September 6, 2005
The case might end up in the U.S. Supreme Court because it produced dueling court rulings in Vermont, the first state to legally recognize same-sex relationships, and Virginia, which has a law saying that neither same-sex marriages nor civil unions carry the force of law in that state.
The case comes up for argument before the Vermont Supreme Court tomorrow and before the Virginia Court of Appeals a week later. Supporters and detractors of same-sex marriage and civil unions say that whatever the outcome, the case could become a landmark in the debate over what laws should govern same-sex relationships and the children born to them.
"This case has significant implications for a number of reasons," said Mathew Staver, a lawyer with the Florida-based Liberty Counsel, which opposes same-sex unions.
He said there have been other cases in which out-of-state courts have been asked to grant dissolution of Vermont civil unions and have refused because their states don't honor such unions. But in this case, he said, "you have two state laws clashing for the very first time."
If the fight goes to the U.S. Supreme Court, "this would have major precedential value," he said.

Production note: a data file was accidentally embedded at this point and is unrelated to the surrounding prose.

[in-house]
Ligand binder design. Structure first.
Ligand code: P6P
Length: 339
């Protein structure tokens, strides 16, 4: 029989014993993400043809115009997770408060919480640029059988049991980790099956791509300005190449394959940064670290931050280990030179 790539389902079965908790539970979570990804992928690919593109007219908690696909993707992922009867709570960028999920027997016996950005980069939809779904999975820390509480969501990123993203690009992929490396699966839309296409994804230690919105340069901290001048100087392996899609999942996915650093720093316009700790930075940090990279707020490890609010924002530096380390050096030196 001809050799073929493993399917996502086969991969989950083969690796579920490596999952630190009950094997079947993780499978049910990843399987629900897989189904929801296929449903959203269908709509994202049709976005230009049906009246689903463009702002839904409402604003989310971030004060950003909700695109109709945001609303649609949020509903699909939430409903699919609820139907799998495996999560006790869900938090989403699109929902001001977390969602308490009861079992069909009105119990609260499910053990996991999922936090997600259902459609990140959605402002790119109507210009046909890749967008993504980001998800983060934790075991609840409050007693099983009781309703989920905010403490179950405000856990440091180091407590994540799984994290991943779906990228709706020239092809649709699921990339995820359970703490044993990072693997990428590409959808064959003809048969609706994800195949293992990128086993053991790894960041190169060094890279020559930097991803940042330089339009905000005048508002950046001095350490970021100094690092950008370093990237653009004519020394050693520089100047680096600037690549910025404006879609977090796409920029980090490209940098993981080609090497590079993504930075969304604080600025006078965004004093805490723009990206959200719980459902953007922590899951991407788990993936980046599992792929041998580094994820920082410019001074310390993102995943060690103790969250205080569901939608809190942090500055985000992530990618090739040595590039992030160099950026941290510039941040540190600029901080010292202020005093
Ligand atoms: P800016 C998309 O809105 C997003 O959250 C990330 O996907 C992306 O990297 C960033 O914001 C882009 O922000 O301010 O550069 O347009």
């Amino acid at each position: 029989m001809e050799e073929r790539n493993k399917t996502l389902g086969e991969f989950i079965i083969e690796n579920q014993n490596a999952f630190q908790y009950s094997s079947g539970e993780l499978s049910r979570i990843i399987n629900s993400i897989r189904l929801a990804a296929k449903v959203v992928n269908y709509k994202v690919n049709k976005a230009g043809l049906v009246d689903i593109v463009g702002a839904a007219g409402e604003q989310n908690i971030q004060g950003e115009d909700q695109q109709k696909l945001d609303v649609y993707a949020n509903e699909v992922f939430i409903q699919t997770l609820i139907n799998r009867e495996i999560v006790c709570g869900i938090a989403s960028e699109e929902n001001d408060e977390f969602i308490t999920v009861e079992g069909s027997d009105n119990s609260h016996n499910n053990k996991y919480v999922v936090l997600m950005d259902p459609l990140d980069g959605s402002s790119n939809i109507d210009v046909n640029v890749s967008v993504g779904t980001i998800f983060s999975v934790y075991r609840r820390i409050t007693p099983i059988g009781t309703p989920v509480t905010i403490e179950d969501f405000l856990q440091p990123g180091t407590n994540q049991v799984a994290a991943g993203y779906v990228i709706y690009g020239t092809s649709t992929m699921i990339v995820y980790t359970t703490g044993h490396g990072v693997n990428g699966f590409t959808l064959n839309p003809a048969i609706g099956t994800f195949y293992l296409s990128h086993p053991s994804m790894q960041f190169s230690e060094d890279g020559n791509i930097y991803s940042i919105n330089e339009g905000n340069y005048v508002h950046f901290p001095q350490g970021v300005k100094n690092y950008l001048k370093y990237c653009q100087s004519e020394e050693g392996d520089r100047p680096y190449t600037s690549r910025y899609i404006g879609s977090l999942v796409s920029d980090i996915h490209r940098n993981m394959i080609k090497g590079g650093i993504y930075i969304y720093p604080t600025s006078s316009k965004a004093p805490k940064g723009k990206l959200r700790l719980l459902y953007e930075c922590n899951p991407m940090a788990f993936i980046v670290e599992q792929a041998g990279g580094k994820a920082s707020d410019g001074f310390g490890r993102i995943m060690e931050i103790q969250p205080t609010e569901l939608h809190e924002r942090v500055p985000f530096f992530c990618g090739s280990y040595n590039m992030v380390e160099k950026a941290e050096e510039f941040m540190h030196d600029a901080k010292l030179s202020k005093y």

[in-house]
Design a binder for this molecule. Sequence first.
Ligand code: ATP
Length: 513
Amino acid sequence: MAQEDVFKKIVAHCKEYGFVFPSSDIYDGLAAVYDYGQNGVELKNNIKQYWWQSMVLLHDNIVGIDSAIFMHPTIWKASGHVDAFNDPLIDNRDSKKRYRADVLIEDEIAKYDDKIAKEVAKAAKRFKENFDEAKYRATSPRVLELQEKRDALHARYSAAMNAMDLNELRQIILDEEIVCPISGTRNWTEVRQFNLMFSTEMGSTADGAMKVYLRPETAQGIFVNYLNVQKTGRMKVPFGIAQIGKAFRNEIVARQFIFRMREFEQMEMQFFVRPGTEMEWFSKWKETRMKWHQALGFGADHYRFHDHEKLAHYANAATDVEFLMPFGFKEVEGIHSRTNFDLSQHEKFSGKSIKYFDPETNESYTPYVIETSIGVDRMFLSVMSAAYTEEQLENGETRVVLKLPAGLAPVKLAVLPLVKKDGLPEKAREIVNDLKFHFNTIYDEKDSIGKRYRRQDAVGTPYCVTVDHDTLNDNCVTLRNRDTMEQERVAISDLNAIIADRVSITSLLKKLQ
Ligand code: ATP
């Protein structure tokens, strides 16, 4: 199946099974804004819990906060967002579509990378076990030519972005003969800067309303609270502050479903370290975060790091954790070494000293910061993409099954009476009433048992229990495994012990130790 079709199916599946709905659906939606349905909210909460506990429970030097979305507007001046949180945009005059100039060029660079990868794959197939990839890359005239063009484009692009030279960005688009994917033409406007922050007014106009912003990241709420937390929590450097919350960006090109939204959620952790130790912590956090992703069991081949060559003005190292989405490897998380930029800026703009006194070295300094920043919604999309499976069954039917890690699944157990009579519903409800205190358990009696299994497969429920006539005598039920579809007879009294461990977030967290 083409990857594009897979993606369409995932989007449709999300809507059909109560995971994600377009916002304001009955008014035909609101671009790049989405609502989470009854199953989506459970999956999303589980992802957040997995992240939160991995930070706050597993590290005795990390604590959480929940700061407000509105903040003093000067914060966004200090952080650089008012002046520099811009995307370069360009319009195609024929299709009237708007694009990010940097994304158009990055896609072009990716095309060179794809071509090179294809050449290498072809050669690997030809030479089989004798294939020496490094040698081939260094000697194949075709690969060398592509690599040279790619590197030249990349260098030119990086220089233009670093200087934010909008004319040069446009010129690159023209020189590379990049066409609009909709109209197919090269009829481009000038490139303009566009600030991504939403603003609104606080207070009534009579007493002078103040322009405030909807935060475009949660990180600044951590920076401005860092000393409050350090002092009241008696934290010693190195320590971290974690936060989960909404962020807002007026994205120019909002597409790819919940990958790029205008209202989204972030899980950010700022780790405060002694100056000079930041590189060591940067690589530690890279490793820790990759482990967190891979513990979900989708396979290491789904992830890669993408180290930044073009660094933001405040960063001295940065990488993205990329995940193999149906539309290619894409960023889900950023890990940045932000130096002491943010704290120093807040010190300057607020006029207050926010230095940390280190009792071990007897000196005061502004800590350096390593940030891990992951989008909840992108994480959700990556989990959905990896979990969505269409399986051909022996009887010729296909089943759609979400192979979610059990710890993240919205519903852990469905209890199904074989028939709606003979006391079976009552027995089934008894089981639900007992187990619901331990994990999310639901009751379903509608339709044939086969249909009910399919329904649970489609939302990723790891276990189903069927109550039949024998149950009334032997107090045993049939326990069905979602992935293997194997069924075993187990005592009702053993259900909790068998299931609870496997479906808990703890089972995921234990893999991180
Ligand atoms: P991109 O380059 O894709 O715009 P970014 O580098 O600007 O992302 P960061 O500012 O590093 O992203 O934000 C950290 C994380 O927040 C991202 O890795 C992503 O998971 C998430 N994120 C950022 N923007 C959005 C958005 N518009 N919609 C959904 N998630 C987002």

Jennifer Levi, a lawyer with Gay and Lesbian Advocates and Defenders who will represent Janet Jenkins at tomorrow's hearing, called that kind of speculation premature. She hopes both courts will allow her client visitation with the child at the center of the controversy.
Jenkins, 40, and Lisa Miller, 36, both Virginia natives, went to Vermont in 2001 to get a civil union and returned home. Miller got pregnant by artificial insemination and gave birth in 2002 to a girl they named Isabella.
They later returned to Vermont, where they lived for a little more than a year before breaking up. In filing for dissolution, Miller filled out paperwork indicating that Isabella was the child of the civil union, a fact that Jenkins' team is using to argue that under Vermont law, Jenkins is a parent of Isabella.
Miller later changed her mind and asked Rutland Family Court Judge William Cohen to find that she was Isabella's sole parent. The judge denied her request and granted Jenkins visitation, even though she never formally adopted Isabella.
Miller appealed to the Vermont Supreme Court. She also moved back to Virginia and won a declaration in that state's courts that she was Isabella's sole parent, with no obligation to Jenkins for visitation or anything else.
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